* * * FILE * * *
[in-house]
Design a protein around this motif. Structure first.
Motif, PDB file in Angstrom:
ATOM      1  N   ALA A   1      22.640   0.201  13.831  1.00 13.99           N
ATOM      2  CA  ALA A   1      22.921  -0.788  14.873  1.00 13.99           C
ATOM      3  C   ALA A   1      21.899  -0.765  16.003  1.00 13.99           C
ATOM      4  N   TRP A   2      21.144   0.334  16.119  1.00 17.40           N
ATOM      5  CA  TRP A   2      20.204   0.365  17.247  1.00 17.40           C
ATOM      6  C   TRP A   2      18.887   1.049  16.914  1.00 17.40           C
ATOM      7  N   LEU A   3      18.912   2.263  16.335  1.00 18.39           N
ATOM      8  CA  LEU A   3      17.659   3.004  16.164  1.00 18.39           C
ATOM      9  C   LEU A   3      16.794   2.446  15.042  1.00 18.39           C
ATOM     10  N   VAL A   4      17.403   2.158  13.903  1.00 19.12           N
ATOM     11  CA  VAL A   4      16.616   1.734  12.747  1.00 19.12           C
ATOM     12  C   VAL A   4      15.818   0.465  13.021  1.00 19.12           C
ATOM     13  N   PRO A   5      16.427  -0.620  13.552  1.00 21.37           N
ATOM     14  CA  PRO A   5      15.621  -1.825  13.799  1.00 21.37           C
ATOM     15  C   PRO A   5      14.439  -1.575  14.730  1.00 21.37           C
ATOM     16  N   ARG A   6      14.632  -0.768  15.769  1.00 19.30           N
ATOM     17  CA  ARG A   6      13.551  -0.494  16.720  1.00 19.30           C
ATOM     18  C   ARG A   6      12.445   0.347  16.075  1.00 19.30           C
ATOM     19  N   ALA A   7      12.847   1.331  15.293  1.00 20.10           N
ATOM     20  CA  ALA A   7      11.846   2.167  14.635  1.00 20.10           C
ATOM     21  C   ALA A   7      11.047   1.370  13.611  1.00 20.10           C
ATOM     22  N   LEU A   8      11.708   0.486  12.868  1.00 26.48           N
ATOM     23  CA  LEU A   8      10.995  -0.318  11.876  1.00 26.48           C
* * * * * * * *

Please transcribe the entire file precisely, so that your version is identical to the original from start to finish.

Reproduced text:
[in-house]
Design a protein around this motif. Structure first.
Motif, PDB file in Angstrom:
ATOM      1  N   ALA A   1      22.640   0.201  13.831  1.00 13.99           N
ATOM      2  CA  ALA A   1      22.921  -0.788  14.873  1.00 13.99           C
ATOM      3  C   ALA A   1      21.899  -0.765  16.003  1.00 13.99           C
ATOM      4  N   TRP A   2      21.144   0.334  16.119  1.00 17.40           N
ATOM      5  CA  TRP A   2      20.204   0.365  17.247  1.00 17.40           C
ATOM      6  C   TRP A   2      18.887   1.049  16.914  1.00 17.40           C
ATOM      7  N   LEU A   3      18.912   2.263  16.335  1.00 18.39           N
ATOM      8  CA  LEU A   3      17.659   3.004  16.164  1.00 18.39           C
ATOM      9  C   LEU A   3      16.794   2.446  15.042  1.00 18.39           C
ATOM     10  N   VAL A   4      17.403   2.158  13.903  1.00 19.12           N
ATOM     11  CA  VAL A   4      16.616   1.734  12.747  1.00 19.12           C
ATOM     12  C   VAL A   4      15.818   0.465  13.021  1.00 19.12           C
ATOM     13  N   PRO A   5      16.427  -0.620  13.552  1.00 21.37           N
ATOM     14  CA  PRO A   5      15.621  -1.825  13.799  1.00 21.37           C
ATOM     15  C   PRO A   5      14.439  -1.575  14.730  1.00 21.37           C
ATOM     16  N   ARG A   6      14.632  -0.768  15.769  1.00 19.30           N
ATOM     17  CA  ARG A   6      13.551  -0.494  16.720  1.00 19.30           C
ATOM     18  C   ARG A   6      12.445   0.347  16.075  1.00 19.30           C
ATOM     19  N   ALA A   7      12.847   1.331  15.293  1.00 20.10           N
ATOM     20  CA  ALA A   7      11.846   2.167  14.635  1.00 20.10           C
ATOM     21  C   ALA A   7      11.047   1.370  13.611  1.00 20.10           C
ATOM     22  N   LEU A   8      11.708   0.486  12.868  1.00 26.48           N
ATOM     23  CA  LEU A   8      10.995  -0.318  11.876  1.00 26.48           C